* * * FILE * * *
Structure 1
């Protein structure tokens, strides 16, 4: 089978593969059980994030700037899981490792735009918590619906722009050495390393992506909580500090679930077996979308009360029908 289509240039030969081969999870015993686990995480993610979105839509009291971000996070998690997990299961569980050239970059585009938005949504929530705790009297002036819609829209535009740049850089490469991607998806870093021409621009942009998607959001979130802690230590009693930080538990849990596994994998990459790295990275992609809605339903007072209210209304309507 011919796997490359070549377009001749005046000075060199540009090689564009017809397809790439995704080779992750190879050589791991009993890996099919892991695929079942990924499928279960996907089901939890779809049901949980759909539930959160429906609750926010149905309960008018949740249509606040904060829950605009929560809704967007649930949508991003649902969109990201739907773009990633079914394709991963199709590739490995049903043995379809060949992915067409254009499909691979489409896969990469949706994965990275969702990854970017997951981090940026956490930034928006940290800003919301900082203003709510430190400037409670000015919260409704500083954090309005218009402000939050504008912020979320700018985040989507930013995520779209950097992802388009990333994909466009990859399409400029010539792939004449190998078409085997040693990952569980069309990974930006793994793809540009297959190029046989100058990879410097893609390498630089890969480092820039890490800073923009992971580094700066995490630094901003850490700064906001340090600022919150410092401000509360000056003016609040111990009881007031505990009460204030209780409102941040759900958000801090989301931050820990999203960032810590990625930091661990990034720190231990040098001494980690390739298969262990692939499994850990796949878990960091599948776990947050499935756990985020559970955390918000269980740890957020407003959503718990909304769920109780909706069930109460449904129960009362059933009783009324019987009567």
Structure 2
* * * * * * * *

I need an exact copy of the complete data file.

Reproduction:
Structure 1
């Protein structure tokens, strides 16, 4: 089978593969059980994030700037899981490792735009918590619906722009050495390393992506909580500090679930077996979308009360029908 289509240039030969081969999870015993686990995480993610979105839509009291971000996070998690997990299961569980050239970059585009938005949504929530705790009297002036819609829209535009740049850089490469991607998806870093021409621009942009998607959001979130802690230590009693930080538990849990596994994998990459790295990275992609809605339903007072209210209304309507 011919796997490359070549377009001749005046000075060199540009090689564009017809397809790439995704080779992750190879050589791991009993890996099919892991695929079942990924499928279960996907089901939890779809049901949980759909539930959160429906609750926010149905309960008018949740249509606040904060829950605009929560809704967007649930949508991003649902969109990201739907773009990633079914394709991963199709590739490995049903043995379809060949992915067409254009499909691979489409896969990469949706994965990275969702990854970017997951981090940026956490930034928006940290800003919301900082203003709510430190400037409670000015919260409704500083954090309005218009402000939050504008912020979320700018985040989507930013995520779209950097992802388009990333994909466009990859399409400029010539792939004449190998078409085997040693990952569980069309990974930006793994793809540009297959190029046989100058990879410097893609390498630089890969480092820039890490800073923009992971580094700066995490630094901003850490700064906001340090600022919150410092401000509360000056003016609040111990009881007031505990009460204030209780409102941040759900958000801090989301931050820990999203960032810590990625930091661990990034720190231990040098001494980690390739298969262990692939499994850990796949878990960091599948776990947050499935756990985020559970955390918000269980740890957020407003959503718990909304769920109780909706069930109460449904129960009362059933009783009324019987009567």
Structure 2